Captain Holsclaw returned to the United States in June 1945 to serve as assistant base operations officer, Godman Field, Fort Knox, Kentucky. That month Army Air Forces Chief General of the Army Henry H. "Hap" Arnold (1886-1950) sent Colonel Benjamin O. Davis to Godman Field to bring the black 477th  Bombardment Group to combat readiness for action against Japan. The 477th had training issues due to racism and racial conflict. General Arnold replaced the white commander with Colonel Davis and directed that other white officers also be replaced with blacks. Colonel Davis brought along effective officers such as Jack Holsclaw to rebuild the 477th. Although they quickly improved the 477th they could do little regarding racism at the base. Captain Holsclaw would move with the bomber group to Lockbourne Air Base near Columbus, Ohio, in March 1946. The bomber group was inactivated in 1947.
Holsclaw went on to teaching and training duties. He was an instructor at the Air Force Reserve Officer Training Corps (ROTC) programs at Tuskegee Institute and then Tennessee State College, Nashville. For his Japan assignment in 1954-1957, Bernice was able to accompany her husband. He achieved success in Cold War training and in educating young air force personnel. From May 1962 to the end of 1964 he served as Chief, Training Division, Sixth Air Force Reserve Region, Hamilton Air Force Base, California. He directed the preparation of two textbooks to guide incoming air force personnel.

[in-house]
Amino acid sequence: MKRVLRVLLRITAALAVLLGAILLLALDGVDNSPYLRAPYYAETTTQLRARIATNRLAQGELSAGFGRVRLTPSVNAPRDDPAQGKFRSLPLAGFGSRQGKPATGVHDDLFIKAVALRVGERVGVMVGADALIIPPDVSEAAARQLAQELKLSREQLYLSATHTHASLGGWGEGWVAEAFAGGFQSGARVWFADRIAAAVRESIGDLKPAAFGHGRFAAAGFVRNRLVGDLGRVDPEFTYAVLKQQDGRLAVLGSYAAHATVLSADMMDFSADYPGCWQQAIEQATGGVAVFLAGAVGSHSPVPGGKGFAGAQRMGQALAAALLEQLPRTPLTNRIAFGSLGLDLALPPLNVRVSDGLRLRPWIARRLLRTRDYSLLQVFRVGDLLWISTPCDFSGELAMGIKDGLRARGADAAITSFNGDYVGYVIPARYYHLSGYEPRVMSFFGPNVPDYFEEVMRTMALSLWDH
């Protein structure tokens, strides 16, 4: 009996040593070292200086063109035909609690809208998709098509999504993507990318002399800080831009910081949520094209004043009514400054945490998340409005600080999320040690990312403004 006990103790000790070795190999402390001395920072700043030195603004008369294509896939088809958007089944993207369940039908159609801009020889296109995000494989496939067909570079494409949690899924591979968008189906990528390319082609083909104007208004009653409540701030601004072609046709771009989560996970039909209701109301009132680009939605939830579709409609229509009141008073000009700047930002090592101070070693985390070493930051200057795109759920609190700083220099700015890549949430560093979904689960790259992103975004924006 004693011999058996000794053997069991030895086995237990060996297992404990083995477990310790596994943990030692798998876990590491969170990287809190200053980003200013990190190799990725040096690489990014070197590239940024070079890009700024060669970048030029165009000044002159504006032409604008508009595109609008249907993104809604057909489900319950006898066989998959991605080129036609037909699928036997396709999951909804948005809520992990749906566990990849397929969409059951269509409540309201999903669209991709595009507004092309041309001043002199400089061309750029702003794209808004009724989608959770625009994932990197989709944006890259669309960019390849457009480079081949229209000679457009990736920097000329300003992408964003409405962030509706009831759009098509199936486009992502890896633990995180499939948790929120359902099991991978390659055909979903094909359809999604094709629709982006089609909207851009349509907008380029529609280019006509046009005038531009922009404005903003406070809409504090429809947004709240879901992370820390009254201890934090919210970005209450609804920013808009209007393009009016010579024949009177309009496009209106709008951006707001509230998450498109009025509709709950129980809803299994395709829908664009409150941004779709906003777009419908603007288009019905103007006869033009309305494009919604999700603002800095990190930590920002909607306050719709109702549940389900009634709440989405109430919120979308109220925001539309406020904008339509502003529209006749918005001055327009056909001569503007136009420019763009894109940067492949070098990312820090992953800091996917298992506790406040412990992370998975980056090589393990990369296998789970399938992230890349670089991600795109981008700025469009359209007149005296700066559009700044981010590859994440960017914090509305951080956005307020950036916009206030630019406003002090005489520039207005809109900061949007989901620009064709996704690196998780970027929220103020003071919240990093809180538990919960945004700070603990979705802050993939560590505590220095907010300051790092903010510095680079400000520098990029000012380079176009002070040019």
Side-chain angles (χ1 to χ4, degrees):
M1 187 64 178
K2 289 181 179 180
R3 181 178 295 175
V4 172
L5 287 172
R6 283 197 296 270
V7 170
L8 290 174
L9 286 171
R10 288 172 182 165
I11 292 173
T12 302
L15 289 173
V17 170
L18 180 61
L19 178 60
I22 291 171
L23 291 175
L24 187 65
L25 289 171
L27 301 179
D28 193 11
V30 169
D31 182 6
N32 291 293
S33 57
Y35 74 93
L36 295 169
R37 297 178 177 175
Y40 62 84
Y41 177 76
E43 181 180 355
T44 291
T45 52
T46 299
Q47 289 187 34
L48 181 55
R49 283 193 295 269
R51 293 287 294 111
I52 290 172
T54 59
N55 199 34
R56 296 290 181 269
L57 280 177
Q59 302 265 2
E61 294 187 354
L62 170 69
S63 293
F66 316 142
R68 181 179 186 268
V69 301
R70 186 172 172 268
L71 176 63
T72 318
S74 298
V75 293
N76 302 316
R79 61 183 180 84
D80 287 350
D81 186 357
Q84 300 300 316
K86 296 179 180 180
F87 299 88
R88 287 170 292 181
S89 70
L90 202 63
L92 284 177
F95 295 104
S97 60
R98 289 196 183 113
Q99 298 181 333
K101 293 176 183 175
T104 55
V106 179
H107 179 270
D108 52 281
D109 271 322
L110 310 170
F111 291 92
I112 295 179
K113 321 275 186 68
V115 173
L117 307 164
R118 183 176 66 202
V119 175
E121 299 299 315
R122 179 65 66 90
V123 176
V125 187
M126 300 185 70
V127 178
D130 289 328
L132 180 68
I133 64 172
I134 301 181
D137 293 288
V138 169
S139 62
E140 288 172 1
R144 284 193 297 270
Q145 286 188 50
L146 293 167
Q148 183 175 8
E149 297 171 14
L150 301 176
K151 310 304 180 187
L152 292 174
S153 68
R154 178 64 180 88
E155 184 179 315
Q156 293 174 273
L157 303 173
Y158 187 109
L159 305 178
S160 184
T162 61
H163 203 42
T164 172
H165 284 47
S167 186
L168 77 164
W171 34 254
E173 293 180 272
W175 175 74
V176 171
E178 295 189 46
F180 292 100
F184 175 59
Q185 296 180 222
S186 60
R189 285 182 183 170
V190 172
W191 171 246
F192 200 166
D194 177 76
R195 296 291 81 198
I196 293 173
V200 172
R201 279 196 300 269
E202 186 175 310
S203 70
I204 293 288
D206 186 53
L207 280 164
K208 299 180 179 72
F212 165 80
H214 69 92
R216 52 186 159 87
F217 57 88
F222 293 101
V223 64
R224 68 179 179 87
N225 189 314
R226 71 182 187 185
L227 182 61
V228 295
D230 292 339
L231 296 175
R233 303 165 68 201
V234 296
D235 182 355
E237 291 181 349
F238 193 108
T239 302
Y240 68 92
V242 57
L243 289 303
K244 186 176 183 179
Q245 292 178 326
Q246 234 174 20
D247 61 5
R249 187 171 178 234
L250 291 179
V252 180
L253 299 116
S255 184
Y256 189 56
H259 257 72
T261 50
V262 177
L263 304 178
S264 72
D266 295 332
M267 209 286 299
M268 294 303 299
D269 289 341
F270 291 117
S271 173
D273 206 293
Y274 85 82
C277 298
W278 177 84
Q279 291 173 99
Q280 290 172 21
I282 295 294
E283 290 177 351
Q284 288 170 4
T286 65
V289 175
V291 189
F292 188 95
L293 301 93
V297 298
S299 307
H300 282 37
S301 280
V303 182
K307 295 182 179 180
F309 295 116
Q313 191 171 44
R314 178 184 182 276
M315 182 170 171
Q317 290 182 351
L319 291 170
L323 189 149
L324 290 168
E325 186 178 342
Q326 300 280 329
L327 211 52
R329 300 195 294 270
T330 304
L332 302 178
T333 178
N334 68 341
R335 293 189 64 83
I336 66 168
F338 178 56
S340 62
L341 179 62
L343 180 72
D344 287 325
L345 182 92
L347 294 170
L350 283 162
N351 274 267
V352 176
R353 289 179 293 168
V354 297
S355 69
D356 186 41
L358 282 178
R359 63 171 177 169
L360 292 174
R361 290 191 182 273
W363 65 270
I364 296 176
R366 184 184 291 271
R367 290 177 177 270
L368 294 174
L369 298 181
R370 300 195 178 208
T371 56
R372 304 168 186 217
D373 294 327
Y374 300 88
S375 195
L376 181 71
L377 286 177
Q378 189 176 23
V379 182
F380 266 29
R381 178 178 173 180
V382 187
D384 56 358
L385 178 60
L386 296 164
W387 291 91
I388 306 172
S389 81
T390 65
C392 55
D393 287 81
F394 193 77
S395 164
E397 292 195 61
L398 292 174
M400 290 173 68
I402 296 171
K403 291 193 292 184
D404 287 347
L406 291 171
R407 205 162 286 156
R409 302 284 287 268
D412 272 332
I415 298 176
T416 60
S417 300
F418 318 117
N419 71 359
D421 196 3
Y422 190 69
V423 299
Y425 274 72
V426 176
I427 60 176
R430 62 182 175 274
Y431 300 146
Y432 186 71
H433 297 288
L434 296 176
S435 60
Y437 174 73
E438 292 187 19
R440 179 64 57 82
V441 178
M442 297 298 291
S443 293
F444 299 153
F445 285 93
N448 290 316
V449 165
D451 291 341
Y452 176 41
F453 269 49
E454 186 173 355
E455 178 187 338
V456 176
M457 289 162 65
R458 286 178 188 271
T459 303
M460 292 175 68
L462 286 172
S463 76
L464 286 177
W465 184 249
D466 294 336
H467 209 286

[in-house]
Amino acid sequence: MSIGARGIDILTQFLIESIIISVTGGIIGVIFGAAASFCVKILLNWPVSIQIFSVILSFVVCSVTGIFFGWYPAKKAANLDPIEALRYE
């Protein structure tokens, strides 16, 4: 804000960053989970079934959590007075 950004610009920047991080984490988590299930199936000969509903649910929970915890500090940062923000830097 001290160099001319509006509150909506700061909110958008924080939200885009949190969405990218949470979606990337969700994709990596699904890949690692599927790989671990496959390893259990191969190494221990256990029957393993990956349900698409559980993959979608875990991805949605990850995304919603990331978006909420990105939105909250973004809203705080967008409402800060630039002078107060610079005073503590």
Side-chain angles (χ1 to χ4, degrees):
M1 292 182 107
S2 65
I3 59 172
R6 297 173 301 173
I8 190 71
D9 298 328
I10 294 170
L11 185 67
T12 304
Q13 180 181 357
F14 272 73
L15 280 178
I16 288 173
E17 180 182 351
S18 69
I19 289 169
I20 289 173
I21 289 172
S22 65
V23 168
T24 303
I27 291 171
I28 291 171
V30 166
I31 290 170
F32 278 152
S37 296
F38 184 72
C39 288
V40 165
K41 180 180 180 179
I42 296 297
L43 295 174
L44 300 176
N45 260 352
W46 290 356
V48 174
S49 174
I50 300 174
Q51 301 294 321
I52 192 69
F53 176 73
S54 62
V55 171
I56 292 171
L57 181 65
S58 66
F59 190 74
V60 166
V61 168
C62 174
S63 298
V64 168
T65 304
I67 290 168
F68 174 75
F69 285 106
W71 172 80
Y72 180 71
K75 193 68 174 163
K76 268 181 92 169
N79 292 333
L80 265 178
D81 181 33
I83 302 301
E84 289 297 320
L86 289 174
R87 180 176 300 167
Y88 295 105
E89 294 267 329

Later Years
On January 1, 1965, Lieutenant Colonel Holsclaw retired and received the Distinguished Service Medal for his training accomplishments. He became a manager in the Marin County Housing Authority, California. In 1973 he and Bernice fulfilled their wish to return to Washington. Jack Holsclaw joined the staff at the People's National Bank, Bellevue branch, on the corner of NE 8th Street and Bellevue Way. This career extended until 1983 and permanent retirement, when Bernice and Jack took up residence in Arizona.
Jack Holsclaw contributed to the great wartime success of the 332d and to the success of postwar integration in the United States Air Force. He is remembered as a pilot of the legendary Tuskegee airmen and career Air Force officer.

Sources: C. James Quann, WSU Military Veterans: Heroes and Legends (Spokane, Washington: Tornado Creek Publications, 2005); John B. Holway, Red Tails, Black Wings (Las Cruces, New Mexico: Yucca Tree Press, 1997); Alan L. Gropman, Special Studies: The Air Force Integration, 1945-1964 (Washington, D.C.: Office of Air Force History, United States Air Force, 1985); "Air Corps Officer Weds Girl at Bethel Church," The Oregonian, September 14, 1943, p. 17;  "Portland Flier Bags 2 Planes," The Oregonian, July 23, 1944, p. 18; "Flying Negro Colonel Is Awarded D.F.C.," The Oregonian, September 11, 1944, p. 8;  "Negro P-51 Pilot Made Captain," The Oregonian, January 29, 1945, p. 5; "Negro Proud Of Unit's Job," The Oregonian, January 27, 1946, p. 18;  "Ex-Portland Flier to Head ROTC in Tennessee School," The Oregonian, July 3, 1951, p. 8.